My Experience with Skyrizi
Last updated: June 2021
I’ve treated my psoriasis with biologics for almost two decades. My dermatologist agreed to prescribe the first biologic for psoriasis, Amevive, when it became FDA approved in 2003. It wasn’t that effective, but it introduced me to a new class of medications.
Since then I’ve tried five other biologics for my psoriasis, with Skyrizi for the last two years.
Being a candidate for Skyrizi
The Skyrizi website says that “Skyrizi is a prescription medicine use to treat adults with moderate to severe plaque psoriasis who may benefit from taking injections or pills (systemic therapy) or treatment using ultraviolet or UV light (phototherapy).”
I’ve had severe psoriasis for over forty years and continue to proactively treat it. I’m definitely a candidate for a medication like Skyrizi.
Understanding the insurance process
Since it was newly FDA approved at the time, my dermatologist, Dr. Carroll, worried that prior authorization approval for Skyrizi insurance coverage might be delayed. She suggested I try a different biologic first since my psoriasis was flaring. However, based on my discussion with my previous dermatologist I felt Skyrizi would be best to try next.
In the meantime, I went to the local clinic lab to have blood drawn for a tuberculosis (TB) test. Thankfully the TB result came back negative. Then, just over a week later, I received an email from the specialty pharmacy that my prescription request was being filled. I went online to sign up for Skyrizi Complete, a service by the manufacturer that would provide copay assistance and other resources while taking Skyrizi.
Skyrizi came much sooner than Dr. Carroll or I expected. I felt fortunate I could start taking it to see how my psoriasis might respond.
Instructions for injection
Skyrizi is taken every twelve weeks after two starter doses at week 0 and week 4. The carton comes with two syringes, which taken together makeup one dose.
The Skyrizi carton comes with injection instructions, an informational insert, two alcohol wipes to clean the injection site along with two syringes of medication. I prefer to inject in my abdomen—one syringe to the left of my belly button (at least two inches) and one to the right. Injections can be placed in the right or left thigh as well.
The instructions say to leave the carton at room temperature and out of direct sunlight for 15-30 minutes to warm. I like to inject at my desk where I have a corner to place it as it warms. The desk also has adequate lighting for my injection routine.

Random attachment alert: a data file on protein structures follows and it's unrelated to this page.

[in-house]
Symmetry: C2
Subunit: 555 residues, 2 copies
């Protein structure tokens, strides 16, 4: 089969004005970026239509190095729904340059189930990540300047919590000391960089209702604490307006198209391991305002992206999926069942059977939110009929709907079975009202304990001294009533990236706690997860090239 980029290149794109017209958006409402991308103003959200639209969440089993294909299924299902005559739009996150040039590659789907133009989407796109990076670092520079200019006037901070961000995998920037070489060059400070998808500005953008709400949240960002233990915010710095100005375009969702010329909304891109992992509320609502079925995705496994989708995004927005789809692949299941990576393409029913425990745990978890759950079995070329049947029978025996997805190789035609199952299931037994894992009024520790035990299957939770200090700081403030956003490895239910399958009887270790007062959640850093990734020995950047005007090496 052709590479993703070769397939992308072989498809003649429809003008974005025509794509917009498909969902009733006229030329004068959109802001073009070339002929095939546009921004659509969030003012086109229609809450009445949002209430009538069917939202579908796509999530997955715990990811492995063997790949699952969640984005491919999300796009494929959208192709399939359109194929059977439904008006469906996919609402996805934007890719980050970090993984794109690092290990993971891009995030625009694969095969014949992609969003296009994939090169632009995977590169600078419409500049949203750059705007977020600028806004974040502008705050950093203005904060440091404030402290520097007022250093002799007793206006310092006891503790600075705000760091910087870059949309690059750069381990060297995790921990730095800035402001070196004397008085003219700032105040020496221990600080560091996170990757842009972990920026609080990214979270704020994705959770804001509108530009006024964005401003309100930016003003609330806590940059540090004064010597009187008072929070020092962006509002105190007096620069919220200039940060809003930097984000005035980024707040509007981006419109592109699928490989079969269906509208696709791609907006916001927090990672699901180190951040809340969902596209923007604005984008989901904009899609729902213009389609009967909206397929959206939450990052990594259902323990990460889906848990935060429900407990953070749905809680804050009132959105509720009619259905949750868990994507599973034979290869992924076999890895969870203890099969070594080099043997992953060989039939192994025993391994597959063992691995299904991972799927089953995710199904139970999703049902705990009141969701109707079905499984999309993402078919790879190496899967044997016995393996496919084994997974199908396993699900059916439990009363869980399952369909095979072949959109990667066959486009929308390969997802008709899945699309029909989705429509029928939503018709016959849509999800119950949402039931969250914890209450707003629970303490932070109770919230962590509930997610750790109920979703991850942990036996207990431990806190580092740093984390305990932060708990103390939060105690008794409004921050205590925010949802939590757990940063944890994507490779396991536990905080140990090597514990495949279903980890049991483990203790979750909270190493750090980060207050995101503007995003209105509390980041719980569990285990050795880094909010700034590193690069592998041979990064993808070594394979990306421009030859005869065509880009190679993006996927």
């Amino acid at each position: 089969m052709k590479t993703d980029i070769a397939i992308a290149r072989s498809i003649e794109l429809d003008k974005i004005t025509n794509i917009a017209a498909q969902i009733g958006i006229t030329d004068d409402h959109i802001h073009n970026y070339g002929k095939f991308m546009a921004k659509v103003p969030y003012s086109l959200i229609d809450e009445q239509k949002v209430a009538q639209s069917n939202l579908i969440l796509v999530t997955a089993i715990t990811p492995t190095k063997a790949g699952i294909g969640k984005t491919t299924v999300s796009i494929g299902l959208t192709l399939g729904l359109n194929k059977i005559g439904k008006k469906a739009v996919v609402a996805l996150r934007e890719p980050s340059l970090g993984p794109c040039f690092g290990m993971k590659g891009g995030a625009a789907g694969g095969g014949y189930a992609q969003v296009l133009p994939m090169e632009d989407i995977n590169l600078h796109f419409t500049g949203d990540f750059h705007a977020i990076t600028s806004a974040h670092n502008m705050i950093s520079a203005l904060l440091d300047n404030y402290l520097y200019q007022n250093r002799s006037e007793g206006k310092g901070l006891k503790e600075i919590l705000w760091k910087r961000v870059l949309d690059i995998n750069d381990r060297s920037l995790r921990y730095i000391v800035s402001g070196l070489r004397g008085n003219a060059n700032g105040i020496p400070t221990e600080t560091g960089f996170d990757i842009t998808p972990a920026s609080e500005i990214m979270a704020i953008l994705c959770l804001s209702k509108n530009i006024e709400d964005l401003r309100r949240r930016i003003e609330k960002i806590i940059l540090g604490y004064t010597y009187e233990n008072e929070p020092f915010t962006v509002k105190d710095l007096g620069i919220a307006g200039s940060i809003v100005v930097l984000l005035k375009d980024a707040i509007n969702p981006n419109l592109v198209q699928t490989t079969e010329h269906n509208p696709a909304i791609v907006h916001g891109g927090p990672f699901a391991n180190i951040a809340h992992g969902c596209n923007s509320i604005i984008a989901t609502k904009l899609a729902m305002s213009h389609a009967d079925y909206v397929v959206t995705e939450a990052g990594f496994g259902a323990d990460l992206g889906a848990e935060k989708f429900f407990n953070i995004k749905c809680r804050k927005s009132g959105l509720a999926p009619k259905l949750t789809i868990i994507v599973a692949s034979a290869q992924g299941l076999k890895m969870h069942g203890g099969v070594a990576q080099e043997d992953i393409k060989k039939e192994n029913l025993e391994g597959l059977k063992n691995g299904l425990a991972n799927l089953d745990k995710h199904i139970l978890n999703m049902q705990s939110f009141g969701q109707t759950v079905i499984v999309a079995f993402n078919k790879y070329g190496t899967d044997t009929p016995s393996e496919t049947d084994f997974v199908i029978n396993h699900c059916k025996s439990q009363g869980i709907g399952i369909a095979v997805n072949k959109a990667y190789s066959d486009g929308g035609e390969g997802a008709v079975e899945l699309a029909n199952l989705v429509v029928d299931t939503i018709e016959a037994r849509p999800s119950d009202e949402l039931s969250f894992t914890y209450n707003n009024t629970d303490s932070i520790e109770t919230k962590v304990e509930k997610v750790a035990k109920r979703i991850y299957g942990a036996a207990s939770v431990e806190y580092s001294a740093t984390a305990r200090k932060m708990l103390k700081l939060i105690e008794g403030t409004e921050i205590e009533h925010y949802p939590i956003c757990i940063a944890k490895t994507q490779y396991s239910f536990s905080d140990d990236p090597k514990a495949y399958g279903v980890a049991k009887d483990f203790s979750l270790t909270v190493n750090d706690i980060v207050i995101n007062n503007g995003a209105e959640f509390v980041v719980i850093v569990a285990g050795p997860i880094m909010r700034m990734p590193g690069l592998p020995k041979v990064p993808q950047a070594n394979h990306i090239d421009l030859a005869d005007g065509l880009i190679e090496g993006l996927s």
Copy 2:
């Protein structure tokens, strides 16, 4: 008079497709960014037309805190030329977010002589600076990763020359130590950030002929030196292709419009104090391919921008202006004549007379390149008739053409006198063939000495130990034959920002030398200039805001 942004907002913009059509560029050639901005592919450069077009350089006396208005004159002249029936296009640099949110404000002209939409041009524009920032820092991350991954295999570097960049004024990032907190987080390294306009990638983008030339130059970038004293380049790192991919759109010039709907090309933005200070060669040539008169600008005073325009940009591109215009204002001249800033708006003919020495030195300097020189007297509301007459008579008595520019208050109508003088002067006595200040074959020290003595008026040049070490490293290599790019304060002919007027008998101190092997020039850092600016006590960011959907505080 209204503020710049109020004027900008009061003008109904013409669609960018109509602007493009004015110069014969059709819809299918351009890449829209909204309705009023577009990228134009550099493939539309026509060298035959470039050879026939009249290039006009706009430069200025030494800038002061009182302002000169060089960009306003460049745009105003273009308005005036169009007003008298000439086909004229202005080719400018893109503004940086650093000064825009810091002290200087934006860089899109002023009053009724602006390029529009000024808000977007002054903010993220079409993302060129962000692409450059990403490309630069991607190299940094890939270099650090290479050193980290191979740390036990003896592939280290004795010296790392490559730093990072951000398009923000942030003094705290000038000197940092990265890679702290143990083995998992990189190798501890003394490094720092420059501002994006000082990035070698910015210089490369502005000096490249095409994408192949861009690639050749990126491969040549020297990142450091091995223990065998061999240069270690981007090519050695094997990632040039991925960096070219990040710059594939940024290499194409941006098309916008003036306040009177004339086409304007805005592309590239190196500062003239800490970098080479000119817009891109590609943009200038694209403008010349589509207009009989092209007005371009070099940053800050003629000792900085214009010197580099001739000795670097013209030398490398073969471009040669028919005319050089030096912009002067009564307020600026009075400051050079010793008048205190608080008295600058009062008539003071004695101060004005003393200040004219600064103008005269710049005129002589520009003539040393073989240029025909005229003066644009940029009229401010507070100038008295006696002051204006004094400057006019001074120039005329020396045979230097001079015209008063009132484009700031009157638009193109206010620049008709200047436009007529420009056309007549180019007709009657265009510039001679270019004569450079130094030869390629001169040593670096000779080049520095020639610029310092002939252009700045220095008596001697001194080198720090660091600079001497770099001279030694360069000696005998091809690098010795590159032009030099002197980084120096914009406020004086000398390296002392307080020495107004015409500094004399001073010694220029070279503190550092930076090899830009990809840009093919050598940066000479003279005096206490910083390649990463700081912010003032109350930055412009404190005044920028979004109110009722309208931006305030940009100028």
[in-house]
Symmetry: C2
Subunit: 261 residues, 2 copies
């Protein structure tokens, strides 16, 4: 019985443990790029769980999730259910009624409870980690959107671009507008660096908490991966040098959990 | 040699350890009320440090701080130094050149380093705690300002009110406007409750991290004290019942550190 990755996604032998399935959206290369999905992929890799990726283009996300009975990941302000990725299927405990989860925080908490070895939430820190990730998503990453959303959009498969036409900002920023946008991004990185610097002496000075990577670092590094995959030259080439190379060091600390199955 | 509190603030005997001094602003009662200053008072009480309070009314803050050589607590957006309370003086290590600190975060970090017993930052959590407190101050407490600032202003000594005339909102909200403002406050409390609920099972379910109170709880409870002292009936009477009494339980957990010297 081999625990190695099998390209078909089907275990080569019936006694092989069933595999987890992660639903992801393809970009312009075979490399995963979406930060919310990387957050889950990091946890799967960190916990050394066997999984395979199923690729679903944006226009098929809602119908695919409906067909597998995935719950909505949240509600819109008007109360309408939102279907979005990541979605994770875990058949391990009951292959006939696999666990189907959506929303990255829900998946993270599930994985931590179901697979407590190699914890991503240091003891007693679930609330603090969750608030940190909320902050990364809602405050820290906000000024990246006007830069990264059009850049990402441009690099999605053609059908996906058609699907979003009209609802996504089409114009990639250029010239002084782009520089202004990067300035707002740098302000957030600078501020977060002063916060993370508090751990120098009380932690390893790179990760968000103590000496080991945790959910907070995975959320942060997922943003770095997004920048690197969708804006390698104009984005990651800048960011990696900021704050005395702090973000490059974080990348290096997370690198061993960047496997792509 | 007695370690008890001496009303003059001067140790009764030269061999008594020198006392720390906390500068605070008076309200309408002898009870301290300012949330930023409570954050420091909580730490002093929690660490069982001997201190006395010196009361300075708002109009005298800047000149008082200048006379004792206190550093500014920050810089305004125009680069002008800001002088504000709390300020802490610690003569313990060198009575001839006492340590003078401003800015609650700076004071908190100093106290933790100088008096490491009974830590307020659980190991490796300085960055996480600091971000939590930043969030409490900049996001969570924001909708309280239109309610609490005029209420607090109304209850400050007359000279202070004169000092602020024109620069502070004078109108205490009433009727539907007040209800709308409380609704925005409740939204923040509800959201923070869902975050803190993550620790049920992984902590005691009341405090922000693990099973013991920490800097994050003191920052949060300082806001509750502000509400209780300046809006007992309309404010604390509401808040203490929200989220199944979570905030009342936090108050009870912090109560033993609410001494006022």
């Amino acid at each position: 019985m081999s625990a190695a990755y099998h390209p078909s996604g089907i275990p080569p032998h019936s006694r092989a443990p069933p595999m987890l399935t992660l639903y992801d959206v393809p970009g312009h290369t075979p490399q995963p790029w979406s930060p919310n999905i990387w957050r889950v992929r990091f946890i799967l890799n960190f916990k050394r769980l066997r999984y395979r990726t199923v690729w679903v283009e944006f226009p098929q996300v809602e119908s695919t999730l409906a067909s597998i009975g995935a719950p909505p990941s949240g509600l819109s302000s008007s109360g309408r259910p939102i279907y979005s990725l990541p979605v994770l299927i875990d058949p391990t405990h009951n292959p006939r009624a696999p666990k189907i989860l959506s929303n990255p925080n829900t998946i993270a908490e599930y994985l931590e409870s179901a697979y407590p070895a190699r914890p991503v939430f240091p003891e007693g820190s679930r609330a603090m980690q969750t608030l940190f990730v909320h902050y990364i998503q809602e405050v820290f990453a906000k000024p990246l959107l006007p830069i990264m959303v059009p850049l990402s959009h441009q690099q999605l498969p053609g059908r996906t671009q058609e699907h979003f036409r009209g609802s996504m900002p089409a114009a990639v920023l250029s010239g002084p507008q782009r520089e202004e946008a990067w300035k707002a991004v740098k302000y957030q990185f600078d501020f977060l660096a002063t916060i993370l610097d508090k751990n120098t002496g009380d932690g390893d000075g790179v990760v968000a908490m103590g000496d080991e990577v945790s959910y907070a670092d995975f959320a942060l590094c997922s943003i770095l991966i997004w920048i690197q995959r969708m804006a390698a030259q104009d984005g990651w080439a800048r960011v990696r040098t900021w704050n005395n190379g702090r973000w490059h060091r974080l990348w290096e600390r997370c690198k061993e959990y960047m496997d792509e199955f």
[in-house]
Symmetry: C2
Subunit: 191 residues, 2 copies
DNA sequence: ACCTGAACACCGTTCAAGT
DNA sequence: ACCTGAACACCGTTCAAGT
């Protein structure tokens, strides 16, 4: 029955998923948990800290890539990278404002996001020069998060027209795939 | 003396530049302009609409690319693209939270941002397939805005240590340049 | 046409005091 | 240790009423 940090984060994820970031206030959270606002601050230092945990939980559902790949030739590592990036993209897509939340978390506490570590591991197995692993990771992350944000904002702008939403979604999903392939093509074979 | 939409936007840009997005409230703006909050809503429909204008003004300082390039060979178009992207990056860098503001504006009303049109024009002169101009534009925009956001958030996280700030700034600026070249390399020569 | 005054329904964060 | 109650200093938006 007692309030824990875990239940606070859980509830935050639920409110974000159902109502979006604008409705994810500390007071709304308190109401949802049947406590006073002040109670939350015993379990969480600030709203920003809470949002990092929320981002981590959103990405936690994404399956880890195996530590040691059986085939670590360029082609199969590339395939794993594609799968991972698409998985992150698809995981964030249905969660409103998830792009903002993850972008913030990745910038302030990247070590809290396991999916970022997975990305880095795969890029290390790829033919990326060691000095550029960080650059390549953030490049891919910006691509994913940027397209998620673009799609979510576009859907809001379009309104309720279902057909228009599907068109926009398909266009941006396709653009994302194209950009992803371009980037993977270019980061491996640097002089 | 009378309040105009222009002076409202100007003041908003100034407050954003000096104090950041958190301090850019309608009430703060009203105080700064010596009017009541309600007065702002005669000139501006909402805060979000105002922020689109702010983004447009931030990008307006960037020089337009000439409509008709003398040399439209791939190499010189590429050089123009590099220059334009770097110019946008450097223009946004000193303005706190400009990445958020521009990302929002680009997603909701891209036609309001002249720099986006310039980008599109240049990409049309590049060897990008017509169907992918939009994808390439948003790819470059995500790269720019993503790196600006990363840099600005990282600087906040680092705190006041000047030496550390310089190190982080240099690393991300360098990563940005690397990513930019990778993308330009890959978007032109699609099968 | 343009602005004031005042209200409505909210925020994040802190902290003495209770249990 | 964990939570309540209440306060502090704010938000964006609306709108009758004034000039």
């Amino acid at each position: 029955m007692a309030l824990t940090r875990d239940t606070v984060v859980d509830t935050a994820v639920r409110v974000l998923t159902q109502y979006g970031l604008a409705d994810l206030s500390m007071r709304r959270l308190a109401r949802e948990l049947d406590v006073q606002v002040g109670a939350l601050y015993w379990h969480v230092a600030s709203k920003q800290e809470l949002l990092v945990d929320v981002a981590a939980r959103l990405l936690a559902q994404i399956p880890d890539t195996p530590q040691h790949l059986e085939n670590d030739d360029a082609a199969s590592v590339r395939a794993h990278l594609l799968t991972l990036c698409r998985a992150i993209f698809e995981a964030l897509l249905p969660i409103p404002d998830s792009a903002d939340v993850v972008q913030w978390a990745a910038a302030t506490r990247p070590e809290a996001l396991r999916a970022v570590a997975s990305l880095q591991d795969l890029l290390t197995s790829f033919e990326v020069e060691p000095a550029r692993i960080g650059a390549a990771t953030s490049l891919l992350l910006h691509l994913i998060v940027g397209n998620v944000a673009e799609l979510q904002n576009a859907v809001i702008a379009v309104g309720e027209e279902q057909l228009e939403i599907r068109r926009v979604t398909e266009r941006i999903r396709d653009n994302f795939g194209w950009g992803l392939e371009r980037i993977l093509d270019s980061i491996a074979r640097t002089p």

I took the first dose at home while on the phone with a nurse from Skyrizi Complete in case I needed any assistance.
Learning about side effects
A big question I have whenever I take a new medication is about its safety and side effects. As I mentioned before, I have been on biologics that target a particular aspect of the immune system that causes the inflammation of psoriasis for a while now. But the concerns around side effects never completely go away.
The Skyrizi website also notes that “Skyrizi may cause serious side effects, including infections. Skyrizi is a prescription medicine that may lower the ability of our immune system to fight infections and may increase your risk of infections.” Besides infections, there are a number of other listed potential side effects to taking it.
When I started taking Skyrizi I created an online journal to track my progress and side effects. I also entered calendar alerts for when I should call for a refill and take my next injection. I refer to that document before dermatology appointments or whenever I want to check for patterns of reactions and response to the medication.
With Skyrizi, I mainly get a headache with some lightheadedness post-injection. I usually feel fatigued for a day or two after as well. Once in a while, I get a mild upper respiratory infection, but not with every dose. I try to schedule a light day of work the day after injection in case I feel the effects of the medication more strongly.
Moving forward with Skyrizi
I’m familiar with self-injecting with syringes and pens after so many years of taking biologics. But when I took my first dose of Skyrizi I felt an extra sense of significance to it. I put so much hope into those first two syringes to clear my flaring psoriasis.
My psoriasis hasn’t completely cleared on Skyrizi, but it is more manageable than it was with other biologics. Since I tolerate Syrizi well overall, and I’m familiar with how to take it, I’d rather stay with Skyrizi for as long as possible. But I’ve had to adjust my dose along the way to maintain effectiveness at about the same level.
After six months on Skyrizi, I noticed my psoriasis breaking out more than before. For the next year, my dermatologist suggested I start injecting every ten weeks instead of every twelve. Since my insurance provider at the time would not cover the extra injections, my dermatologist acquired samples from the manufacturer for me to use between covered doses.
As of last month, my new insurance provider approved Dr. Carroll’s request for me to take Skyrizi every eight weeks. My skin already is doing better with the more frequent dosing. As I start my third year with Skyrizi, I hope that it will remain just as effective and safe as it has been for the last two.
Does your psoriasis management change with the seasons?